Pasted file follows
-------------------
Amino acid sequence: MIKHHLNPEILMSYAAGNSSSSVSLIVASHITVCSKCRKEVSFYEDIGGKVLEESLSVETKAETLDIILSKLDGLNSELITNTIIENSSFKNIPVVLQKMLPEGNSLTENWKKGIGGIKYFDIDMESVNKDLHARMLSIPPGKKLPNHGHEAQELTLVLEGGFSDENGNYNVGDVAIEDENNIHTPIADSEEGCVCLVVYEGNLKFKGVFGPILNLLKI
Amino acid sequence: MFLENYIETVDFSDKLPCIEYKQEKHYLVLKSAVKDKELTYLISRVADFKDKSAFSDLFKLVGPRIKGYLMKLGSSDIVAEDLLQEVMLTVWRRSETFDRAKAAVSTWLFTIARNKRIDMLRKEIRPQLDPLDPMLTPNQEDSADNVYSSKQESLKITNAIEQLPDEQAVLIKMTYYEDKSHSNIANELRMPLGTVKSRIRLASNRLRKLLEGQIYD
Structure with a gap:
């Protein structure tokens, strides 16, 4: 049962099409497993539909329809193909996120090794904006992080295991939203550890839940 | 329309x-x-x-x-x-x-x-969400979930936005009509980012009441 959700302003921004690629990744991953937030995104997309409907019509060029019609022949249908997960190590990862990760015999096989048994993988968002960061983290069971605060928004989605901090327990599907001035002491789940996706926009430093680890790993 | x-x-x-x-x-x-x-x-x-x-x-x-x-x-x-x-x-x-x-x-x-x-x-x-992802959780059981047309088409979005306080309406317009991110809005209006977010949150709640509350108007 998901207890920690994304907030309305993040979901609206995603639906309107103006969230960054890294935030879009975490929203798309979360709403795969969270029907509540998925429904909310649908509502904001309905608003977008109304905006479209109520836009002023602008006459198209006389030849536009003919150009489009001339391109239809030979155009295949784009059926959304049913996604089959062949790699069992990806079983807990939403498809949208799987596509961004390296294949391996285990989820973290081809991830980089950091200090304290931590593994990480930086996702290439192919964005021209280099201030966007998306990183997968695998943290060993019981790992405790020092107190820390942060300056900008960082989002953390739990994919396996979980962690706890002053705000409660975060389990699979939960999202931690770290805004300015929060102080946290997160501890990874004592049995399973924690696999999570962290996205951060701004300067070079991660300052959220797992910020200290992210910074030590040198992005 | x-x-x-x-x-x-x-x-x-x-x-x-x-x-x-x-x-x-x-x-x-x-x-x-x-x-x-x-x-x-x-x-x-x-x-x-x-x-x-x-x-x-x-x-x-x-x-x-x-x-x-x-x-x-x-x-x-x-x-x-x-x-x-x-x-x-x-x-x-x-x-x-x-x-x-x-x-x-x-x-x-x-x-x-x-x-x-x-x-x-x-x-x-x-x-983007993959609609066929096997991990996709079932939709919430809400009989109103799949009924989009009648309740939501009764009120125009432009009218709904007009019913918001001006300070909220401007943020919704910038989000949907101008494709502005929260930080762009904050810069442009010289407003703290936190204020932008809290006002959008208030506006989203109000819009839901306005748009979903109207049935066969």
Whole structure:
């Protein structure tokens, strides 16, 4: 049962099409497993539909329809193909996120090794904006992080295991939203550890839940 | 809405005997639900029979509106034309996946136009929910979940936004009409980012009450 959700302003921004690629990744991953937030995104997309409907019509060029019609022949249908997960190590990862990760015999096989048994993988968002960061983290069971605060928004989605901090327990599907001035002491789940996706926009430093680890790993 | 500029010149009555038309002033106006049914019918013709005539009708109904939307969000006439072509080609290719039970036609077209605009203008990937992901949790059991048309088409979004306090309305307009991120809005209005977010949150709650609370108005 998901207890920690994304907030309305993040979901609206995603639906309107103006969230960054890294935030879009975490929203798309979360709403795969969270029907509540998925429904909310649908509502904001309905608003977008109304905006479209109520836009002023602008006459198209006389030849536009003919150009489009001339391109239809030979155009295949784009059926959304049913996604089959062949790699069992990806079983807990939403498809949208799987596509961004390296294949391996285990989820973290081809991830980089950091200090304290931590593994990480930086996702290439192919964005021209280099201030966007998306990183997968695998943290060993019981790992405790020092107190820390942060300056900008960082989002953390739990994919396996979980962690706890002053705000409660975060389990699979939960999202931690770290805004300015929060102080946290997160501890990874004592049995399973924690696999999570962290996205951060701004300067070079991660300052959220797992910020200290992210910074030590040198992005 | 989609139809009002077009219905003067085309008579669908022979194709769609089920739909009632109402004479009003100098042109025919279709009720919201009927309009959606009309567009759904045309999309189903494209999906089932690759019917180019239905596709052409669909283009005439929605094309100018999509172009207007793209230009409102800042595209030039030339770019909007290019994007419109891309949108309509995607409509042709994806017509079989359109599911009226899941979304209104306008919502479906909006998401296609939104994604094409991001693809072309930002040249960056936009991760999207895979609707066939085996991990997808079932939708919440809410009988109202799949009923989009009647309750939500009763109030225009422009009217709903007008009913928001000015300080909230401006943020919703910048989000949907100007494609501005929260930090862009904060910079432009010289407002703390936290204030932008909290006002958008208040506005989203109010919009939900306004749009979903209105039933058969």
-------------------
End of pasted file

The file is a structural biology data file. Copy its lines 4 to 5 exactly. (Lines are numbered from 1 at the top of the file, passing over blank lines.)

């Protein structure tokens, strides 16, 4: 049962099409497993539909329809193909996120090794904006992080295991939203550890839940 | 329309x-x-x-x-x-x-x-969400979930936005009509980012009441 959700302003921004690629990744991953937030995104997309409907019509060029019609022949249908997960190590990862990760015999096989048994993988968002960061983290069971605060928004989605901090327990599907001035002491789940996706926009430093680890790993 | x-x-x-x-x-x-x-x-x-x-x-x-x-x-x-x-x-x-x-x-x-x-x-x-992802959780059981047309088409979005306080309406317009991110809005209006977010949150709640509350108007 998901207890920690994304907030309305993040979901609206995603639906309107103006969230960054890294935030879009975490929203798309979360709403795969969270029907509540998925429904909310649908509502904001309905608003977008109304905006479209109520836009002023602008006459198209006389030849536009003919150009489009001339391109239809030979155009295949784009059926959304049913996604089959062949790699069992990806079983807990939403498809949208799987596509961004390296294949391996285990989820973290081809991830980089950091200090304290931590593994990480930086996702290439192919964005021209280099201030966007998306990183997968695998943290060993019981790992405790020092107190820390942060300056900008960082989002953390739990994919396996979980962690706890002053705000409660975060389990699979939960999202931690770290805004300015929060102080946290997160501890990874004592049995399973924690696999999570962290996205951060701004300067070079991660300052959220797992910020200290992210910074030590040198992005 | x-x-x-x-x-x-x-x-x-x-x-x-x-x-x-x-x-x-x-x-x-x-x-x-x-x-x-x-x-x-x-x-x-x-x-x-x-x-x-x-x-x-x-x-x-x-x-x-x-x-x-x-x-x-x-x-x-x-x-x-x-x-x-x-x-x-x-x-x-x-x-x-x-x-x-x-x-x-x-x-x-x-x-x-x-x-x-x-x-x-x-x-x-x-x-983007993959609609066929096997991990996709079932939709919430809400009989109103799949009924989009009648309740939501009764009120125009432009009218709904007009019913918001001006300070909220401007943020919704910038989000949907101008494709502005929260930080762009904050810069442009010289407003703290936190204020932008809290006002959008208030506006989203109000819009839901306005748009979903109207049935066969």
Whole structure: